Learn more about HamStack’s hardware compatibility with Arduino.

Software development tools
You can choose to write your programs in the basic, C or assembly languages.  But, which compiler should you use?  There is no simple answer to this question that covers all users.  We choose the Microchip C18 compiler and the Swordfish Basic compilers because they are very powerful and there are free versions available.  There are also commercial versions of these compilers.  While there are some limitations to the free versions, they are very capable and all the examples in the HamStack Getting Started book are developed with the free versions.  Ultimately your choice of compiler depends on many factors but if you really need some advice, here goes…

Microchip C18 compiler
- Very powerful compiler with no code restrictions
- The MPLAB IDE has a lot of features to manage large projects
- The complexity of MPLAB also means there is more to learn about the environment
- The commercial version is an optimizing compiler that generates smaller code

Swordfish Basic
- Also a very powerful programming environment
- Simple, easy to use development environment.  
- You will be coding in just a few minutes
- The SE (Special Edition) version limits the RAM variables to 256 bytes
- The upgrade to the commercial version has no restrictions

Open source project examples
Several examples are provided to illustrate how to design and program with the HamStack.  The Getting Started guide book includes the following examples included...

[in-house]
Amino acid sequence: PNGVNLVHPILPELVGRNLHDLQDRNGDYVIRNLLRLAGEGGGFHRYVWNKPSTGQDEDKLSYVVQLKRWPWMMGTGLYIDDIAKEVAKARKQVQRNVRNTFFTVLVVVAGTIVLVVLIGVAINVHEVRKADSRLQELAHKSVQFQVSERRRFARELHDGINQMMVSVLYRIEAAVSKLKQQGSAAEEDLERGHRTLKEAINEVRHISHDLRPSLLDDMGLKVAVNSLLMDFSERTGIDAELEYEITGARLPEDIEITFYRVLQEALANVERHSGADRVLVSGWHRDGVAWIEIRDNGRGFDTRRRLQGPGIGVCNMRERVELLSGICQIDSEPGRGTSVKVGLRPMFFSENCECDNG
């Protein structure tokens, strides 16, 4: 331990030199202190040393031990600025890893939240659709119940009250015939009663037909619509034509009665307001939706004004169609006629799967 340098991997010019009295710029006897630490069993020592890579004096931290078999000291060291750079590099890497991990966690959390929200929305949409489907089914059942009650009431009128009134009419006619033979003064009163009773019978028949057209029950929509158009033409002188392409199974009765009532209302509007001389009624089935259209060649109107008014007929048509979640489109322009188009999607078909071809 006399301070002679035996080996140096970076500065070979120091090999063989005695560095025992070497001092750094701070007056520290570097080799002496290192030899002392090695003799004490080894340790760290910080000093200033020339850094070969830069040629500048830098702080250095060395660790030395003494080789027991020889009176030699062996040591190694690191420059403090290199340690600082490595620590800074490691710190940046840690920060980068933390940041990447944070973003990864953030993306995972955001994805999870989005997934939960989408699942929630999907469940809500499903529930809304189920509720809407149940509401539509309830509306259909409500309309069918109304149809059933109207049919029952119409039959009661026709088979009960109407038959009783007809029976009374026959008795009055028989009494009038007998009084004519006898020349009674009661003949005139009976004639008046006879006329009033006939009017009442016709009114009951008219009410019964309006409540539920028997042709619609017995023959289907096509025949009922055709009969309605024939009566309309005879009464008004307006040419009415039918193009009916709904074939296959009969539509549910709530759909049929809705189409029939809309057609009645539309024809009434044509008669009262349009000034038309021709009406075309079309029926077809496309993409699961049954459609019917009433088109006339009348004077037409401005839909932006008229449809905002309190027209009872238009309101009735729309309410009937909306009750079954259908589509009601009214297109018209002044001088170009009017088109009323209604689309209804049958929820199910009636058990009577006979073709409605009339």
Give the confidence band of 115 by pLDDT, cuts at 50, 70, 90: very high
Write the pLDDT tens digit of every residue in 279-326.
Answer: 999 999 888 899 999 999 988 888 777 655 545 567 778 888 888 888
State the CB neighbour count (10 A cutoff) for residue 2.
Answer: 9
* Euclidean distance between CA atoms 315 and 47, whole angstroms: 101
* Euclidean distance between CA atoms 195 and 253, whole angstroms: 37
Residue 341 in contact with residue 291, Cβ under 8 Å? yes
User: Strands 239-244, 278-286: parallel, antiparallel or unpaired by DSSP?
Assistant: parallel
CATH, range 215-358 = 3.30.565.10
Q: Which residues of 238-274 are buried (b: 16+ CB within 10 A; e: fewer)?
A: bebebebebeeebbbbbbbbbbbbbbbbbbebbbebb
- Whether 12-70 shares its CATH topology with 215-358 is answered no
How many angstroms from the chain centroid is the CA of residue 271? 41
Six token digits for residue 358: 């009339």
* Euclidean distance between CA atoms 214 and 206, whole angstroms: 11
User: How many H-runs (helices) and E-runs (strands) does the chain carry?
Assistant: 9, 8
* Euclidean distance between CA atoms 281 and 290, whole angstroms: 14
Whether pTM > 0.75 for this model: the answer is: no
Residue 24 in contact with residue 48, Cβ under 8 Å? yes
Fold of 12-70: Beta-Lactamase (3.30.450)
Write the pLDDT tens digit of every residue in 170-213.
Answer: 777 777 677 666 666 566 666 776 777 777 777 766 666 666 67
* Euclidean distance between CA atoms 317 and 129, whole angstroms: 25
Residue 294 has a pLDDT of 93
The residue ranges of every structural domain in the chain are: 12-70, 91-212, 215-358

-  Digital outputs
-  Interfacing to relays
-  Digital inputs
-  Aanalog voltage input
-  Serial RS232 IO
-  Shift registers for IO expansion
-  LCD displays
-  etc.  

More complete “mini projects” are also available in the Getting Started Guide or on our web site.
Projects include...

-  Temperature controlled fan
-  CW beacon transmitter controller
-  DTMF decoder to serial RS232
-  Remote coax relay control

How does the HamStack compare to the other hardware and software out there?
There will be the enevitable comparison between the HamStack and the Arduino, Basic Stamp, PIC-EL or any of a dozen other platforms out there.  There are many fine products on the market and they all have their pros and cons.  Some are proprietary, some are very slow or very limited in memory space, some lock you into specific software tools or languages and most have little or no design examples or software tailored to the ham radio operator.  Our goal is to make the HamStack a powerful, yet easy to use platform, ideal for learning about and deploying microcontrollers in ham radio projects.